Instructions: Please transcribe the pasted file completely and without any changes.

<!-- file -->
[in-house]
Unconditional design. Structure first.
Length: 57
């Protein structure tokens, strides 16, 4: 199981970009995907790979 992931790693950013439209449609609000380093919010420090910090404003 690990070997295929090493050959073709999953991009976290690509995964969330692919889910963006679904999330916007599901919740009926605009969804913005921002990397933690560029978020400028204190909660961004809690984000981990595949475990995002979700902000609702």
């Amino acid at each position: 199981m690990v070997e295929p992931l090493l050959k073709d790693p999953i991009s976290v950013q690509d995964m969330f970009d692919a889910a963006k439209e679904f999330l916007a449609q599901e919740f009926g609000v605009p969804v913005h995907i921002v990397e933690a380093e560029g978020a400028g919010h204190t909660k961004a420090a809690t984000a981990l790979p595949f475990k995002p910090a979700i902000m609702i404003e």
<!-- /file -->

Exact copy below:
[in-house]
Unconditional design. Structure first.
Length: 57
């Protein structure tokens, strides 16, 4: 199981970009995907790979 992931790693950013439209449609609000380093919010420090910090404003 690990070997295929090493050959073709999953991009976290690509995964969330692919889910963006679904999330916007599901919740009926605009969804913005921002990397933690560029978020400028204190909660961004809690984000981990595949475990995002979700902000609702």
């Amino acid at each position: 199981m690990v070997e295929p992931l090493l050959k073709d790693p999953i991009s976290v950013q690509d995964m969330f970009d692919a889910a963006k439209e679904f999330l916007a449609q599901e919740f009926g609000v605009p969804v913005h995907i921002v990397e933690a380093e560029g978020a400028g919010h204190t909660k961004a420090a809690t984000a981990l790979p595949f475990k995002p910090a979700i902000m609702i404003e």